Kerala Cricket Association is not a public body for the purposes of Prevention of Corruption Act, 1988

Kerala High Court: The single Judge bench of A. Muhamed Mustaque, J., while dealing with the question that whether officials of Kerala Cricket Association (KCA) discharge any public duty and, could be treated as ‘public servant’ for the purposes of Prevention of Corruption Act (hereinafter referred to as PC Act), 1988, upheld the challenge to the registration of FIR and investigation against officials of KCA against allegations of corruption in the construction of a cricket stadium.  The Court relied upon the judgments of the Supreme Court in Zee Telefilms Ltd. v. Union of India, (2005) 4 SCC 649 and BCCI v. Cricket Association of Bihar(2015) 3 SCC 251, and ascertained that KCA could not be considered as a State or a public body.

In the present case, the petitioner was accused of indulging in corruption over purchasing of land for the construction of a stadium. Dushyant Dave, counsel for the petitioners argued that in view of the judgment of the Supreme Court in Zee Telefilms Case, duty discharged by the officials of KCA could not be construed as ‘public duty’ and the officials could not be treated as ‘public servant’. It was also argued that a conjoint reading of ‘public duty’ and ‘public servant’ under PC Act would reveal that an office bearer of a private body could not be brought within the fold of ‘public servant’ under the PC Act. However, S. Sreekumar, counsel for the respondents contested the interpretation by placing reliance upon K. Balaji Iyengar v. State of Kerala, 2010 SCC OnLine Ker 4969,  where it was held that KCA is discharging a State function and the SLP challenging the same was dismissed by the Supreme Court.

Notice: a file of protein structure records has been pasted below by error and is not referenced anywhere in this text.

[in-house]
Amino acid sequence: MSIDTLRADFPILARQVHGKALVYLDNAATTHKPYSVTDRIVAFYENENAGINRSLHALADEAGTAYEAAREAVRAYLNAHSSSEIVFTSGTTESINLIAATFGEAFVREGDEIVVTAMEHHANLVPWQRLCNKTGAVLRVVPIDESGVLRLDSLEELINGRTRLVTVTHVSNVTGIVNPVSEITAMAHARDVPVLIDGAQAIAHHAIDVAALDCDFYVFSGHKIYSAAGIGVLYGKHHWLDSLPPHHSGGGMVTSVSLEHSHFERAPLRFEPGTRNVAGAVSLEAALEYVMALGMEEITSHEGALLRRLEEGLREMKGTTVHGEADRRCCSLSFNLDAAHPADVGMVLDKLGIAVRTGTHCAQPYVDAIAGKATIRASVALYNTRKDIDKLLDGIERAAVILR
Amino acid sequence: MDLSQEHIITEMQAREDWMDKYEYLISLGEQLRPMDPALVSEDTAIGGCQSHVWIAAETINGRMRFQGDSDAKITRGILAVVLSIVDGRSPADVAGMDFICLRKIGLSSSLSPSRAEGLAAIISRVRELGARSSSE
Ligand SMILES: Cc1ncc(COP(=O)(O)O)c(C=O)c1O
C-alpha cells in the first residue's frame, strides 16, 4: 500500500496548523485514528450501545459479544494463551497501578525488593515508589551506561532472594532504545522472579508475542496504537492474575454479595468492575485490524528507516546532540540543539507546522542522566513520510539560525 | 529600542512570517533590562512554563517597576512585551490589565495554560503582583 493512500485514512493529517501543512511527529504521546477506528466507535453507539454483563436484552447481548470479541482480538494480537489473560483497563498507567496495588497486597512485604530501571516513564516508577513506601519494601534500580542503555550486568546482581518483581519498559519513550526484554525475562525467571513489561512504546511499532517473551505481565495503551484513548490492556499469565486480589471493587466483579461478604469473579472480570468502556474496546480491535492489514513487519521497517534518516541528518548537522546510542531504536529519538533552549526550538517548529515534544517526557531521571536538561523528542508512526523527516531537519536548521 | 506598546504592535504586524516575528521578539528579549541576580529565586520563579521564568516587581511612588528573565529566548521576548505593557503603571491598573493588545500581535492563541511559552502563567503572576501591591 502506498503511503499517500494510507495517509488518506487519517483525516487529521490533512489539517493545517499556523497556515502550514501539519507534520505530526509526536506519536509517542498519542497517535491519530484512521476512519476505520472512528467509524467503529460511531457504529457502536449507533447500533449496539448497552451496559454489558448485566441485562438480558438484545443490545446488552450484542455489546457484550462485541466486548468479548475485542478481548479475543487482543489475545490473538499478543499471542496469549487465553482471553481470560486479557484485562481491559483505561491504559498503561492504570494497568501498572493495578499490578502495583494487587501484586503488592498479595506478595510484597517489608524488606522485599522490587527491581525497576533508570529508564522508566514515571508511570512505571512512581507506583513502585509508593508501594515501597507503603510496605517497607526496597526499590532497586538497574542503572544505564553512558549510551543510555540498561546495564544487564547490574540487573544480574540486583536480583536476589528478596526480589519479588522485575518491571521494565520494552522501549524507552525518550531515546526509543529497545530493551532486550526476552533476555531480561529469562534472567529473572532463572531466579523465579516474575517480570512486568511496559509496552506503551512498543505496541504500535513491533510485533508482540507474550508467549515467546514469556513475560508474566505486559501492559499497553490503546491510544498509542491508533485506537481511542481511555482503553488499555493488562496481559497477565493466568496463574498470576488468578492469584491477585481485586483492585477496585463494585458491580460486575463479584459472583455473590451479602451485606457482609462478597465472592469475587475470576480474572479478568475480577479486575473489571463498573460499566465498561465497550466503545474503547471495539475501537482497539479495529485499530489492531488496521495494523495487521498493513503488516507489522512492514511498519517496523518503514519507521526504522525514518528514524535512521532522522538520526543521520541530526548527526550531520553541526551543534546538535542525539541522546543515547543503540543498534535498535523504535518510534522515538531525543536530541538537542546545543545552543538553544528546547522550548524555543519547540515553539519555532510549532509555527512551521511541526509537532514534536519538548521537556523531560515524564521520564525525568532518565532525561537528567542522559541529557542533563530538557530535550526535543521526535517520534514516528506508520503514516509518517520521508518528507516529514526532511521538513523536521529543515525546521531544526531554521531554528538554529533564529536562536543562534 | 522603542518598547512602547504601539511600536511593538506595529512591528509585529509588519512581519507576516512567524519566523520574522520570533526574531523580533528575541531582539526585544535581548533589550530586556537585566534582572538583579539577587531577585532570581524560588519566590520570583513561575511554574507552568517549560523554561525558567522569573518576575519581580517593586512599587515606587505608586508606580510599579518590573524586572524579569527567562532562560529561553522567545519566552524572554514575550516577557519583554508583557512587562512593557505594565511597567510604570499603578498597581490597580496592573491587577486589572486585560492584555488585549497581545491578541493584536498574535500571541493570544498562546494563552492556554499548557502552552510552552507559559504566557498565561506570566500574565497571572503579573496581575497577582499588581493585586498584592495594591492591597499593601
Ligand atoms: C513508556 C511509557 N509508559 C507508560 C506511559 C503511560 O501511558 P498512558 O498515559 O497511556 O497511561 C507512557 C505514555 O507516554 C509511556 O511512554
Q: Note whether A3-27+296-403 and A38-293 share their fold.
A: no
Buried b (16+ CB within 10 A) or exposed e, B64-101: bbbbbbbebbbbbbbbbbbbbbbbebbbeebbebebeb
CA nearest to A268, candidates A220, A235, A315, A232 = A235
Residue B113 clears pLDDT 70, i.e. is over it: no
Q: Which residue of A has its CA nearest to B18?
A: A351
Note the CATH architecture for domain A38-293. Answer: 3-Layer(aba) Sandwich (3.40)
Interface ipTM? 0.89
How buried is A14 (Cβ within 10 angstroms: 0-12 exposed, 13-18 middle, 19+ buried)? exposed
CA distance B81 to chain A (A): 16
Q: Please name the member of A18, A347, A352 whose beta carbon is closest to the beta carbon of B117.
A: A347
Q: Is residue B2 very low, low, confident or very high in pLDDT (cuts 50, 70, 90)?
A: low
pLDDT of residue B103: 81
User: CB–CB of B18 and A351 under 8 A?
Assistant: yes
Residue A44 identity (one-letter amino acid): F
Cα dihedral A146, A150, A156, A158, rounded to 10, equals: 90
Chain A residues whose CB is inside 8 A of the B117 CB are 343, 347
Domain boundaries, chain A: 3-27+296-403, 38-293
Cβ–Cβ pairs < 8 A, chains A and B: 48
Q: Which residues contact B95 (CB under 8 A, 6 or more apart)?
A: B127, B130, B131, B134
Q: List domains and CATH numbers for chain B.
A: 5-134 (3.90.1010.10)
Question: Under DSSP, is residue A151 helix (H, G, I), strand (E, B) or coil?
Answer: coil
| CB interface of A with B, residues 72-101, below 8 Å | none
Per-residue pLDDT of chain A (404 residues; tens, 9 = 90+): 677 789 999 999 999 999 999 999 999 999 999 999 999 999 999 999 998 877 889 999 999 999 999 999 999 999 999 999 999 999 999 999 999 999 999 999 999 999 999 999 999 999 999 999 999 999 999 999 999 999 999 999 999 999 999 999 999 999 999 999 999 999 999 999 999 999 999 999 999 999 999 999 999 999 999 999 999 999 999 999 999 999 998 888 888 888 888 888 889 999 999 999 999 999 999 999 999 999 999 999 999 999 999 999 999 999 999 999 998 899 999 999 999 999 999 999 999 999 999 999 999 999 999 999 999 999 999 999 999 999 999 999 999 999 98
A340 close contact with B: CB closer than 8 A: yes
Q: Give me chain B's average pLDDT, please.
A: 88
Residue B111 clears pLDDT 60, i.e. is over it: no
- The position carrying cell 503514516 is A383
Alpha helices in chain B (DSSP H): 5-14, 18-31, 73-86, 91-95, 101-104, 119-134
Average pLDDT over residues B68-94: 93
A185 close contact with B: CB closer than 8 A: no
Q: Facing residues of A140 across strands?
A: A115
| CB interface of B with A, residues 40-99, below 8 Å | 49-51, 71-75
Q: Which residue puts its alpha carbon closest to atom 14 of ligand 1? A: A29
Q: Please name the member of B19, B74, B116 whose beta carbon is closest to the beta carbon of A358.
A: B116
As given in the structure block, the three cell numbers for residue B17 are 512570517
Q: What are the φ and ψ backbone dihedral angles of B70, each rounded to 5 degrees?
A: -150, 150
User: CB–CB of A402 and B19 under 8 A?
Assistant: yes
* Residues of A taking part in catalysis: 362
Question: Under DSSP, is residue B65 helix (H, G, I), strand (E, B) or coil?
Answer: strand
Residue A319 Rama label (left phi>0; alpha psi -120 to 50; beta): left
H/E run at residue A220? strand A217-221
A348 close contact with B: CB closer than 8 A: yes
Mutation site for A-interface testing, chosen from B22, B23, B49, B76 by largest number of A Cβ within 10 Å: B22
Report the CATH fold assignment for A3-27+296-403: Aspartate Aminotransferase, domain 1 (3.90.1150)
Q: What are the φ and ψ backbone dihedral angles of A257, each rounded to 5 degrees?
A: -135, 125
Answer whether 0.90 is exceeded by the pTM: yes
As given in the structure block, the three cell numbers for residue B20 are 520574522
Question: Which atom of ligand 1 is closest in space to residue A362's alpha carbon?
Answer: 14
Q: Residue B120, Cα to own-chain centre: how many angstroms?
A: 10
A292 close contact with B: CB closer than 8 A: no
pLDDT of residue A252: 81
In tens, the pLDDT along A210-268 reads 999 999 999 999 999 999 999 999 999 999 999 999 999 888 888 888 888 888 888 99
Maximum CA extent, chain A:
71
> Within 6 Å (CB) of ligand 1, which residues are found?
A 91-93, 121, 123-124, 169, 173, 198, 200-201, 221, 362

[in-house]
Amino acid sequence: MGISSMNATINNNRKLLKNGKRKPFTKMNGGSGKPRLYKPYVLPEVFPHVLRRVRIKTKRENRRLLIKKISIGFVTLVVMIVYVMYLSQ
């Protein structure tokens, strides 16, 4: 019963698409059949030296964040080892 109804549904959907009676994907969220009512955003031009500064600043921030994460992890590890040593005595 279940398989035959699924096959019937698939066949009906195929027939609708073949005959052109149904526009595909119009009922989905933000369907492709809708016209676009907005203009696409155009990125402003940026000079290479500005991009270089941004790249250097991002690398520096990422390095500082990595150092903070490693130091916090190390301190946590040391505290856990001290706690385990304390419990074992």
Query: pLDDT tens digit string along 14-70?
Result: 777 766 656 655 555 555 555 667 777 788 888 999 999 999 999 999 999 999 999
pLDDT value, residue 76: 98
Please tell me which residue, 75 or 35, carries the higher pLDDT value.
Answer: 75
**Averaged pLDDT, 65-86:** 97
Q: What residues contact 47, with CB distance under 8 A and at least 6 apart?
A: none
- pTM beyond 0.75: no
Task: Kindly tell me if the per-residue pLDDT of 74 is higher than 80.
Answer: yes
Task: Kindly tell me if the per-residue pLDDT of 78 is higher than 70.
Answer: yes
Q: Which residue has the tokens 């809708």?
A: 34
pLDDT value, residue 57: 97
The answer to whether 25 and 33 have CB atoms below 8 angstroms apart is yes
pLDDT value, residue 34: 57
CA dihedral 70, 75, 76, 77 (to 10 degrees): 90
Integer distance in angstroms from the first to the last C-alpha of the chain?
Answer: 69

Adopting both structural and functional approach to decide whether KCA was performing a ‘public function’ under ‘public duty’, the Court after analyzing a number of judicial dictums and examining the  concepts of ‘sovereign function’, ‘State function’, ‘public function’ and ‘public duty’, came to the conclusion that, since the construction of the stadium was not in discharge of any obligation under positive law, it could only be considered as a State function and is not a discharge of any public duty. Observing that only when construction of the stadium would be complete, there would be a public element involved and not before, the complaint was not maintainable and accordingly the writ petitions were allowed. Karthikeya Verma v. Union of India2015 SCC OnLine Ker 14875decided on 15.07. 2015

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